An exterior wall of North Surrey Recreation Centre, with the Central City tower in the background. (Photo: Tom Zillich)

An exterior wall of North Surrey Recreation Centre, with the Central City tower in the background. (Photo: Tom Zillich)

The end is near for North Surrey rec centre, meaning programs will move to other facilities within 4km

Plan is for the site of the aging rec centre to become mixed-use ‘Centre Block’ development

North Surrey Recreation Centre will be entirely decommissioned by year’s end, with demolition not far behind.

Timeline details are included in a report approved by Surrey city council on Monday (June 24).

The aging structure, first built in 1965 and renovated several times in years since, would make way for a mixed-use “Centre Block” development that would radically change the look of the area, just west of Surrey Central SkyTrain station.

Once the rec centre is closed up for good, those who use the facility would be directed to programs and services within a four-kilometre radius of the site, according to a report to council.

Ice sports will move to the new North Surrey Sport & Ice Complex, due open in September.

• RELATED: PHOTOS: Inside North Surrey’s new three-rink arena – and the view from the roof, too

The rec centre’s swimming and aqua-fit programs would shift to Guildford Recreation Centre – a distance of 3.8 kilometres.

The preschool, children and youth programs and services currently found at North Surrey rec, or NSRC, would shift to Chuck Bailey Recreation Centre.

Through “enhanced communications,” says the report to council, “staff will be able to demonstration to the NSRC users that the relocation of the programs and services previously offered by NSRC will be enhanced by diverting to other home facilities and provide more opportunities for patrons to participate in new programs.”

Laurie Cavan, Surrey’s general manager of Parks, Recreation and Culture, said the city recognizes the elimination of North Surrey rec centre would represent “a big change for users there” and that the city would “communicate that with them in a very thorough way.”

Approximately 30,000 “individual users” annually pass through the doors of the rec centre, Cavan said, for a total of close to 170,000 annual drop-in visits.

Noted in the report to council is a proposed City Centre YMCA, which would be built in partnership with Simon Fraser University.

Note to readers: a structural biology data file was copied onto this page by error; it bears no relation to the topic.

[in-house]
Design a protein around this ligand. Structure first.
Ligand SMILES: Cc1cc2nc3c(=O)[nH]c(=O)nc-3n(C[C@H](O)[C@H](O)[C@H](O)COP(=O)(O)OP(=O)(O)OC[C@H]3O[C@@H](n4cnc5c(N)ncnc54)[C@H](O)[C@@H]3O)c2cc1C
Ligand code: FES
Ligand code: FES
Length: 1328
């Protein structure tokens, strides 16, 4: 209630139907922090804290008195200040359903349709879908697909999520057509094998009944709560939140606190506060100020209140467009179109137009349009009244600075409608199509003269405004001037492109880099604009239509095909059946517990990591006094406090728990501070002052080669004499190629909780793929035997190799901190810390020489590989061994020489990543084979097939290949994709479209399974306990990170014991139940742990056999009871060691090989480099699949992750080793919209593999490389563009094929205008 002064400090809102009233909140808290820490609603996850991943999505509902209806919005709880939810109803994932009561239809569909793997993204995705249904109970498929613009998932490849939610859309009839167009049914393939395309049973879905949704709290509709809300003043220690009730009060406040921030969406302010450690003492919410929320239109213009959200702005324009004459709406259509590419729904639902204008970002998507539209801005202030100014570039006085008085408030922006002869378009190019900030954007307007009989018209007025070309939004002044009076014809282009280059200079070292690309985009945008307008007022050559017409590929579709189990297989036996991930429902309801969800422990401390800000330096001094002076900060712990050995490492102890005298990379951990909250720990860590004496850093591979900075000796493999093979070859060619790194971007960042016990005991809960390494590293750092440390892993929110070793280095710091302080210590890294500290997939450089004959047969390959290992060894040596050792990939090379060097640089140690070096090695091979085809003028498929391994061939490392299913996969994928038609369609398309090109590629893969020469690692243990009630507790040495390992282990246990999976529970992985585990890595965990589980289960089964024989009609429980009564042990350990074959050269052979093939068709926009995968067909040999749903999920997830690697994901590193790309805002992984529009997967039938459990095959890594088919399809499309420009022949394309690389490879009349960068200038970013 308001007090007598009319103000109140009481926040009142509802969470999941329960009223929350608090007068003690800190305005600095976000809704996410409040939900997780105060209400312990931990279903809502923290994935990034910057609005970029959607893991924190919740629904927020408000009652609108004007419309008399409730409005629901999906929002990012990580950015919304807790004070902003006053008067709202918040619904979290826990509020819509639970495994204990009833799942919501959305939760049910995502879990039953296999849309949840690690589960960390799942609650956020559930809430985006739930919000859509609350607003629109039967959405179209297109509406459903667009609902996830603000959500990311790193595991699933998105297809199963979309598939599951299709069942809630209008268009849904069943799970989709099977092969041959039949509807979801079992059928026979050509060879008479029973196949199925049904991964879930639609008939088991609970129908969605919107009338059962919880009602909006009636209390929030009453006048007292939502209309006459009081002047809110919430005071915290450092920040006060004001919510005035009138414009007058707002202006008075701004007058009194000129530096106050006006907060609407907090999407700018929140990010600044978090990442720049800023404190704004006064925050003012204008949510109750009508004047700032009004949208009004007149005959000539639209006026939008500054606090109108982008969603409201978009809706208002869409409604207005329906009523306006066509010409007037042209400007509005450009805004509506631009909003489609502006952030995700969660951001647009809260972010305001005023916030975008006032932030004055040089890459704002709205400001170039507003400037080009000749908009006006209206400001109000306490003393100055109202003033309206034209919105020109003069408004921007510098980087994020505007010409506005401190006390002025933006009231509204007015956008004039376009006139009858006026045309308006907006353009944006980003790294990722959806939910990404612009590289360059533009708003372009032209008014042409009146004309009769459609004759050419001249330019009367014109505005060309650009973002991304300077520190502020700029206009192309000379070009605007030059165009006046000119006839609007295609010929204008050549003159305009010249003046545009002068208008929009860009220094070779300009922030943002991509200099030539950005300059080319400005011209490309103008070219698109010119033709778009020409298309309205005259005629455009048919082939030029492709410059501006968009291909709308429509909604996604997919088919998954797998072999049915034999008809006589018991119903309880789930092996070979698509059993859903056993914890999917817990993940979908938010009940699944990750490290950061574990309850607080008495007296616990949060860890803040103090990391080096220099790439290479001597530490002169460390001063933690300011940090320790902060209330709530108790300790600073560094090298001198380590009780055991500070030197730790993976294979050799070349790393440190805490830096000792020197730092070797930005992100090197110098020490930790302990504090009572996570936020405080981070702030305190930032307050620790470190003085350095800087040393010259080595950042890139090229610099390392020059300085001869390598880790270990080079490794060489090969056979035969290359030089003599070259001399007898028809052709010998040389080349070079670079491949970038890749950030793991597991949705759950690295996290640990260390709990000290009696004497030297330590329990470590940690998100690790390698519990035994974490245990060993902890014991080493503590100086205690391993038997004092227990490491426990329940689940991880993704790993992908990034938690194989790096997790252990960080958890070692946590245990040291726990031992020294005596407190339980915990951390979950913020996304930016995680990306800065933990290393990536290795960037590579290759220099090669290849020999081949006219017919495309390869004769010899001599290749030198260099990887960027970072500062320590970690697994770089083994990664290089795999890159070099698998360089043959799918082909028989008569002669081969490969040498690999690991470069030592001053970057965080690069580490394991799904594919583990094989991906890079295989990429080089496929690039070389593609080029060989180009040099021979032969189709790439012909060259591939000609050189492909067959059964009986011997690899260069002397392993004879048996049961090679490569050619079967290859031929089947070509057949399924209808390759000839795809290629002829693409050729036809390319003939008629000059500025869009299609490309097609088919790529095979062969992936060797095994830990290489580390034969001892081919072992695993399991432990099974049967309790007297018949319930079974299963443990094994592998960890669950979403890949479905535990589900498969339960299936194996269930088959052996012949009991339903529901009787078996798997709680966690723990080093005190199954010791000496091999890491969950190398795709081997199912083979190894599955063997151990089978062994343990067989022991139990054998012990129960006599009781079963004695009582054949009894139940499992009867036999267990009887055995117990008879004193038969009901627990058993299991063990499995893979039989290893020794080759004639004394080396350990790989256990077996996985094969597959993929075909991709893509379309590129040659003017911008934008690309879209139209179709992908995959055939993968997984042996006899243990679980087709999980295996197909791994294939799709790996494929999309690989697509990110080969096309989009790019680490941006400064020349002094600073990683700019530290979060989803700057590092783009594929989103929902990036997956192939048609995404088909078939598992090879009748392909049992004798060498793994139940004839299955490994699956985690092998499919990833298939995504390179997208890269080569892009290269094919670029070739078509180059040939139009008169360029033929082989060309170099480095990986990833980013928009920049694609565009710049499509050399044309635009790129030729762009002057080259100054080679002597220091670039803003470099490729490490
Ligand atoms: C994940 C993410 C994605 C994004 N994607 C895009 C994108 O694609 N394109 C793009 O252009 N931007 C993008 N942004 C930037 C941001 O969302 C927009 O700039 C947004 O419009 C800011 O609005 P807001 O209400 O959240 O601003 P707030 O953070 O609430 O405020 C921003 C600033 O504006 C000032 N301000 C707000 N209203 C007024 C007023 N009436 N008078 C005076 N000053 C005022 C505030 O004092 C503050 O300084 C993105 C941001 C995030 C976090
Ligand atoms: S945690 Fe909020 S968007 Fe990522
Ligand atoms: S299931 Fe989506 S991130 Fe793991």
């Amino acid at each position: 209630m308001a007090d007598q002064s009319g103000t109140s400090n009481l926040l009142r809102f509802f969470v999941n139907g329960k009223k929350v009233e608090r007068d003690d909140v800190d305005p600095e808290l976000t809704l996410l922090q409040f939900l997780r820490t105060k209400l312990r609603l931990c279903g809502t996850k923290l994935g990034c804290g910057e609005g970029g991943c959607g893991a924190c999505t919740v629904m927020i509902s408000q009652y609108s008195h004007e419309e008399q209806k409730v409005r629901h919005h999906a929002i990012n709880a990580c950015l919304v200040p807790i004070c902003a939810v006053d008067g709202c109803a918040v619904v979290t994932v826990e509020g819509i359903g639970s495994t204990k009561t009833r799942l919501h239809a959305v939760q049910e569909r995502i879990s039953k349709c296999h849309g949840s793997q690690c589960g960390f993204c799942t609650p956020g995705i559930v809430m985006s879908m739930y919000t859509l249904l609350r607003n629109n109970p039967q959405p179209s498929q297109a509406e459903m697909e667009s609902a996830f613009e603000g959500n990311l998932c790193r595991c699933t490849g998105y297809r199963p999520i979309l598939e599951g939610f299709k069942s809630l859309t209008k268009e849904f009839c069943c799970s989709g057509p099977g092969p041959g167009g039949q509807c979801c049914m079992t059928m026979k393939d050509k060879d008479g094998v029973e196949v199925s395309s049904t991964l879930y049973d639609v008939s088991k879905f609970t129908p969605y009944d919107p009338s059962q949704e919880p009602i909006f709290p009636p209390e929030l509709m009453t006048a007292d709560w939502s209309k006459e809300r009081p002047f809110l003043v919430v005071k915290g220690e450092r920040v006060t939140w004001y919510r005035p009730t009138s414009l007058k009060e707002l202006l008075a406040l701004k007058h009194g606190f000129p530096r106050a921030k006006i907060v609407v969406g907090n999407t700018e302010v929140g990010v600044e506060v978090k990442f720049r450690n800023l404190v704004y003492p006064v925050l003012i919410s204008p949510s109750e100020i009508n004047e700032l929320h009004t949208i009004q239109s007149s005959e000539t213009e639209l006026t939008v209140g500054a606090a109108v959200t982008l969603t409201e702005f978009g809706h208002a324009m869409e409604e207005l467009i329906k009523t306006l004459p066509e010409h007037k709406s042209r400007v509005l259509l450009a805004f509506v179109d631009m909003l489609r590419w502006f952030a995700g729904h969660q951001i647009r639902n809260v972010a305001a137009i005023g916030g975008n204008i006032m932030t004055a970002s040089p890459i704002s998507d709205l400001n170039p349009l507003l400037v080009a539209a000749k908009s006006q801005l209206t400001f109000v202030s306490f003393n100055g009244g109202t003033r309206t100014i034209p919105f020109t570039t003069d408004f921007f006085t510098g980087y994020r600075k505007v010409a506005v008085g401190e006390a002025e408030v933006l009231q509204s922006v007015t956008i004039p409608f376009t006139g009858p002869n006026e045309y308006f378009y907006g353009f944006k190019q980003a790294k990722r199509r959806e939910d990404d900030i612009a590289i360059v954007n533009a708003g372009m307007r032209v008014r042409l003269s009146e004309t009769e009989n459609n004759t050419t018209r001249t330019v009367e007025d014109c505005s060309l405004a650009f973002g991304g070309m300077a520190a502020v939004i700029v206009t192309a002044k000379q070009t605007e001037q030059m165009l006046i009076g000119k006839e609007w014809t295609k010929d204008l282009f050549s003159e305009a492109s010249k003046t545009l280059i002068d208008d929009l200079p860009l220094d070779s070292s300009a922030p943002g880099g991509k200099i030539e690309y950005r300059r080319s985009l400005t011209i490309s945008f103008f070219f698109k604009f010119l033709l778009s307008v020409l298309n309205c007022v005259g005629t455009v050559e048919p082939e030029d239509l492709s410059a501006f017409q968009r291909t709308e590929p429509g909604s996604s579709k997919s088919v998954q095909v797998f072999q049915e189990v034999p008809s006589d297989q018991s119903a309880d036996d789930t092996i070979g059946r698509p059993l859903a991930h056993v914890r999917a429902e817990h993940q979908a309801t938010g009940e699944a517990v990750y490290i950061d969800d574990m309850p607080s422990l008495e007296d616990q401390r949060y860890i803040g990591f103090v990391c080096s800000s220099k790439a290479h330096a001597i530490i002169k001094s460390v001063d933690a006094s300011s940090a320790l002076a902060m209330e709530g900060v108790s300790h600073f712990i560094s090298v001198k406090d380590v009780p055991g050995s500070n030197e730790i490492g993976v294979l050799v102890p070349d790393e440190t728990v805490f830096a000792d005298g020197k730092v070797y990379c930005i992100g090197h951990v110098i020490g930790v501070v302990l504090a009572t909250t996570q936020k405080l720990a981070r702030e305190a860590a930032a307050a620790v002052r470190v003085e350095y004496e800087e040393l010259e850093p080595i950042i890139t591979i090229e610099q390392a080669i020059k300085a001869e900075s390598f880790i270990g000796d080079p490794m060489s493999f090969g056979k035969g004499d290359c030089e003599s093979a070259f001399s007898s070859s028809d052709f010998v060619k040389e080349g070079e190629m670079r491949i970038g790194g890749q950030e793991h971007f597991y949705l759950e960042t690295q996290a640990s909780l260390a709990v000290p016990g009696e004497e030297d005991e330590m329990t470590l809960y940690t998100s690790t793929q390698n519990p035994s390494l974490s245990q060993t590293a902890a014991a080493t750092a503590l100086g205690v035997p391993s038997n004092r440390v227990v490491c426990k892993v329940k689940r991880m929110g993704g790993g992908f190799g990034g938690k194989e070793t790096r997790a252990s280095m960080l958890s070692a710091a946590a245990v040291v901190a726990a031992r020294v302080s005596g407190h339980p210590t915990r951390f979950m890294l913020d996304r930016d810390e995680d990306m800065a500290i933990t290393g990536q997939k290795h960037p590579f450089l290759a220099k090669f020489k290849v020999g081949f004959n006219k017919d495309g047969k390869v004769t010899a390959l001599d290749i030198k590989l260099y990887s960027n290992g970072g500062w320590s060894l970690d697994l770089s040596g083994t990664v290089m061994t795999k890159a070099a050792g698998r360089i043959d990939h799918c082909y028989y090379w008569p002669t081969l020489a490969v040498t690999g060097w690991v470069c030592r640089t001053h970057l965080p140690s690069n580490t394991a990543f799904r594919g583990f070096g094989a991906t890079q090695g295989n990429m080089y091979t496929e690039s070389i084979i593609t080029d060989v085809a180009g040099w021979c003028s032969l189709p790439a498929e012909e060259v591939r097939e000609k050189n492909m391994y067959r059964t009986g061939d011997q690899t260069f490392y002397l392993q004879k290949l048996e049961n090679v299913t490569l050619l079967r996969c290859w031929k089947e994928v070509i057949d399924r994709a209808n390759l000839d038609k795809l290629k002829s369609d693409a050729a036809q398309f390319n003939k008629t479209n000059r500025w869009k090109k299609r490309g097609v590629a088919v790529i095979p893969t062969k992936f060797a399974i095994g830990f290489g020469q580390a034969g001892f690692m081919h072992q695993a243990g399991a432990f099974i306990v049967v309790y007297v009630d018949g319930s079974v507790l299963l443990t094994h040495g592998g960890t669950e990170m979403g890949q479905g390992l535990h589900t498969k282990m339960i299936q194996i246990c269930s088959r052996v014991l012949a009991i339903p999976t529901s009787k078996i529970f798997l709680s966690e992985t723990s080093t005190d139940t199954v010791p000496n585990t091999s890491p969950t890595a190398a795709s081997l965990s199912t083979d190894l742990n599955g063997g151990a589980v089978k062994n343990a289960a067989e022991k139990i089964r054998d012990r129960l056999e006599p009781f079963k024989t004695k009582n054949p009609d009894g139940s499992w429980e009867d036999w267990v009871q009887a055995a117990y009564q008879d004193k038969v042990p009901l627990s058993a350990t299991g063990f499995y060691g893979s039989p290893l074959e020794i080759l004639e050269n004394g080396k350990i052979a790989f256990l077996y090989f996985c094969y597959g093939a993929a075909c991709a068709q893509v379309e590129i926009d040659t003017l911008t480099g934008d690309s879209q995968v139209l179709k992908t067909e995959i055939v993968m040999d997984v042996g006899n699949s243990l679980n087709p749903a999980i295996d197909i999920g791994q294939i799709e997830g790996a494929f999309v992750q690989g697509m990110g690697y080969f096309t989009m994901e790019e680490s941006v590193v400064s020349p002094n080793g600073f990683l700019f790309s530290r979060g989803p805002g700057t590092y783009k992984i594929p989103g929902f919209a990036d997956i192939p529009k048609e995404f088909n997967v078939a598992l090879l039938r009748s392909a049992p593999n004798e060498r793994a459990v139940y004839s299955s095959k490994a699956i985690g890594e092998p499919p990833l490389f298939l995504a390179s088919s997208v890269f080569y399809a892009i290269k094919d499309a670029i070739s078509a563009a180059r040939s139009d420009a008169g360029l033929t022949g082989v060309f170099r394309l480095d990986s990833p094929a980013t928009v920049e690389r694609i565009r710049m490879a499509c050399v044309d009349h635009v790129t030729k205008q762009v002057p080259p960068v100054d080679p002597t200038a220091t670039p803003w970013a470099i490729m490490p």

“We are currently in discussions about that project,” Cavan noted, adding the facility would be similar to the Tong Louie YMCA, a Sullivan-area amenity that includes a pool.

In the report to council, staff “strongly recommend a complete decommissioning of the existing (North Surrey rec centre) as soon as possible” after the opening of North Surrey Sport & Ice Complex, located near Scott Road Skytrain station.

Also, the report says “there are several factors that indicate the need for the entire (North Surrey rec centre) building to be demolished at one time.”

The building and its systems are aging, the report notes, “and major infrastructure has exceeded life expectancy. There is a possibility of major systems failure of roofing, plumbing, heating and air conditioning as a result of deferring replacement of these in anticipation of the move from NSRC to the new NSSIC (North Surrey Sport & Ice Complex) and future City Centre YMCA.”

On Monday, the council approved the report’s recommendation to decommission the building by Dec. 31, 2019, with only Councillor Steven Pettigrew opposed.

“I’ve received too much push-back from the community regarding the closing of the pool,” Pettigrew said.

He pushed for the closure of the pool to be delayed, “until there is more substantial plans for this area and to allow people of the community to continue to swim there,” but the council approved the report as written.

Councillor Brenda Locke called North Surrey rec centre “kind of an iconic place for Surrey,” and said she hoped pieces of the building could be salvaged as a way to remember the site’s history in the local hockey community.

In the Surrey City Centre plan, the Centre Block project is described as “a higher density mixed-use precinct.

“Redevelopment will facilitate the completion of a north-south pedestrian corridor, and an on-street bus exchange,” the plan says. “The north-south pedestrian corridor will meander through the Centre Block and vary in width to include large and small plazas. The plazas will include amenities such as seating, bike racks, public art, and specialty paving. The edges of the plaza will be animated with strong, four to six-storey building podiums and active uses at grade.

“The existing bus loop will be reconfigured into an on-street transit exchange,” the plan adds. “The completion of key east-west streets, Central Avenue (103 Avenue) and 102A Avenue, will facilitate bus drop off along 102A Ave and bus pick-up along Central Avenue. The bus layover facility, which is currently located within the bus loop, will be relocated within close proximity to the Centre Block.”

• READ ALSO: New arena, more ice in Surrey – but will it be enough for everyone?



tom.zillich@surreynowleader.com

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